The week in review
Loudest: Venable neighborhood residents outraged over decibel-searing parties go before City Council August 20 to clamor for the death penalty– or at least stiffer fines and jail time– for chronic violators in their 'hood, according to the Daily Progress. Venable-ites would like fines raised from $250 to $1,000 and on up to $2,500 for more than two offenses in a year, but Council decided to revisit the issue after more serious enforcement efforts this fall.
Best decision for Michael Hash: A special prosecutor decides not to retry Hash, who was convicted in 2001 of the 1996 capital murder of Thelma Scoggins, 74, NBC29 reports. In February, a federal judge set aside Hash's conviction, citing police and prosecutorial misconduct.
Best break for Bank of America: Judge Norman Moon nixes Donald Trump's claim of a right-of-first refusal on Albemarle House, the former home of Patricia Kluge now owned by BofA, which foreclosed on the property in February 2011, Samatha Koon reports in the Progress. Already the owner of the surrounding property including the front yard, Trump will have to submit a bid to buy just like anyone else..
Worst granddaughter: Ann Marie Parks, 42, is sentenced to two years in prison August 14 for forging checks and embezzling nearly $100,000 from her grandmother in Nelson County to feed her drug addiction, the News & Advance reports.
Worst beach trip: Ronald Lee Viar of Crozet and city resident Wendy Lisa Cantrell allegedly get into a fistfight in the back of a cab at Myrtle Beach early August 15. The cabdriver, unable to stop their fisticuffs, drives them to the police station where both are charged with criminal domestic violence, NBC29 reports. Cantrell's sister, Anastasia Cantrell, a passenger in the taxi, faces multiple drug and alcohol charges.
Worst back-to-school campaign: Virginia State Police haul out Operation Air, Land & Speed– even though aircraft are not actually used– on Saturday, August 18, saturating the interstate corridors with cops to promote safety and ticket the heck out of speeding students returning to school. In all, there were 2,579 tickets and arrests.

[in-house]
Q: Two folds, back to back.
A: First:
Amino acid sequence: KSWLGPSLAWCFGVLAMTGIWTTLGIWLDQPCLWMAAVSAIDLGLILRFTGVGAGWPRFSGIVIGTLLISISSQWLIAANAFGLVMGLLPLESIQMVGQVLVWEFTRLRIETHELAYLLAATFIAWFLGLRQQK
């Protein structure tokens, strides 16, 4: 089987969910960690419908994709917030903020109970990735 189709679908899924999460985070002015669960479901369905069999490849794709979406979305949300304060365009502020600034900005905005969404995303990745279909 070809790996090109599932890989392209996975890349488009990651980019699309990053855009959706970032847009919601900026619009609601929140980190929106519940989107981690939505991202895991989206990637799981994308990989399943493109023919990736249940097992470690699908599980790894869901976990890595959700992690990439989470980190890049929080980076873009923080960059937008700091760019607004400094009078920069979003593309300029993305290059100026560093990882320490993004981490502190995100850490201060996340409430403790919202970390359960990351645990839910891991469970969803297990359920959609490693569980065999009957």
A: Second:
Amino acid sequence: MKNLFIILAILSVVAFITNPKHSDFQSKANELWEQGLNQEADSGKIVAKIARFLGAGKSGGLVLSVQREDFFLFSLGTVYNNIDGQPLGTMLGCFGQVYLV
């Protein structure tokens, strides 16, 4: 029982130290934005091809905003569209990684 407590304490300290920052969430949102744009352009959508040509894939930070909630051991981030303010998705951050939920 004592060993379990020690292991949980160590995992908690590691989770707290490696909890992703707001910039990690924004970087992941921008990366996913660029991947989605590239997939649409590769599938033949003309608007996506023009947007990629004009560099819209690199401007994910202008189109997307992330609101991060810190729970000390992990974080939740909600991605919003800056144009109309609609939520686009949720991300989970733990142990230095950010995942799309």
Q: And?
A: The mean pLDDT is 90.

Worst back-to-school idea: Madison schools Superintendent Matthew Eberhardt weighs randomly drug testing student athletes to "protect their best interest," according to NBC29, rather than to protect their Fourth Amendment rights. The program would cost between $8,000 to $10,000 a year to administer.
Least surprising: Lower-income Virginians are least likely to visit a dentist, according to a UVA study. And western and southern Virginia has fewer dentists.
Most surprising dental results: Four rural counties– Charles City, King and Queen, Surry, and Sussex– with relatively high percentages of African-Americans have no dentists at all, reports Terance Rephann from the Weldon Cooper Center and Tanya Wanchek from the School of Medicine.
Most herbicidal: Sugar Hollow residents are alarmed when they learn a VDOT contractor is spraying Roundup all over the right-of-way to control brush instead of less-toxic Krenite. Charlottesville Tomorrow has the story.
Most like Ralph Nader? Former 5th District Congressman Virgil Goode is running for president on the Constitution Party ticket, which doesn't bode well for Mitt Romney in swing state Virginia, where nine percent of voters say they'd vote for Goode in November, according to Time.
Most flush: Governor Bob McDonnell announces a $448.5 million surplus for fiscal year 2012, and it's the third year the state has posted surpluses in excess of $400 million.
Dumbest question: Why is it again that Virginia's funding of its flagship university is so chintzy– $9,445 per in-state student compared to University of North Carolina's nearly $24K?
Best tailgate contender: Southern Living chooses UVA among its top 20 schools for best pre-game celebrations, but fans have to vote online or by smartphone for their school to win. UVA is up against Hampden-Sydney in Virginia, Clemson in the ACC, and some really hardcore Texas and Alabama schools.